Is GAISE Evident? College Students’ Perceptions of Statistics Classes as “Almost not Math”

Sarai Hedges and Shelly Harkness

The connection between mathematics and statistics is an important aspect in
understanding college students’ learning of statistics because studies have shown
relationships among mathematics attitudes and performance and statistics attitudes.
Statistics attitudes, in turn, are related to performance in statistics courses. Little
research has been done on college students’ perceptions of their mathematics and
statistics experiences. To fill this gap, a phenomenographical study of 12 college
students with self-identified negative attitudes about statistics was conducted to
understand their perceptions of their previous mathematics and statistics classes. An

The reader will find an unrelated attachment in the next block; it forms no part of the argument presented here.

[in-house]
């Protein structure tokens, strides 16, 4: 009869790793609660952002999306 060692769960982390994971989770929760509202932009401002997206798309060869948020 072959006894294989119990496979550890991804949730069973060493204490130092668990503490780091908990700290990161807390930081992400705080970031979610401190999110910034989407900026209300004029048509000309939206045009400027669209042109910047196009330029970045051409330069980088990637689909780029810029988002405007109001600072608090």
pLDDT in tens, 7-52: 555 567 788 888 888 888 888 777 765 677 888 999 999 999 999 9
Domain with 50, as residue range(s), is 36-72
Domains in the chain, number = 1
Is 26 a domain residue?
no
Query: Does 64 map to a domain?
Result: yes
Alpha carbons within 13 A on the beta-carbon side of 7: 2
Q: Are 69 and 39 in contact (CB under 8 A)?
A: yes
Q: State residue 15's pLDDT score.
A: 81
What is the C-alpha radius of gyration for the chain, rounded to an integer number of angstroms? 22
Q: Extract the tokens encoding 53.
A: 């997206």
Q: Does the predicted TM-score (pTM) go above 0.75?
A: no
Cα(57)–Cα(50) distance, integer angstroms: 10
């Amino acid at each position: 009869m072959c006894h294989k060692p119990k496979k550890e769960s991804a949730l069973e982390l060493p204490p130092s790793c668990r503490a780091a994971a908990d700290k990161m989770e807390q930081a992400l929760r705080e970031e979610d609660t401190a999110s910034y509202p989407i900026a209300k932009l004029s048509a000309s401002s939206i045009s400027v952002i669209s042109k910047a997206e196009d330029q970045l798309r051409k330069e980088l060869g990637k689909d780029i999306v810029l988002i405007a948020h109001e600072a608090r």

integrated approach to data analysis was conducted in two phases. First, themes
emerged from an inductive analysis. Second, the six recommendations from the
Guidelines for Assessment and Instruction in Statistics Education (GAISE) College
Report (2005) were used as a priori categories as an organizing framework for
coding the data. Themes that emerged from the researchers’ analysis of the data were
changing attitudes about statistics, defining the nature of statistics, seeking help, and
blaming the teacher. The GAISE recommendations did not appear to be realized in
the statistics classes taken by these students in various programs of study.
Implications of these findings are discussed and recommendations for further
research are suggested. In understanding students’ experiences from their
perspectives, statistics educators can improve pedagogy and student learning.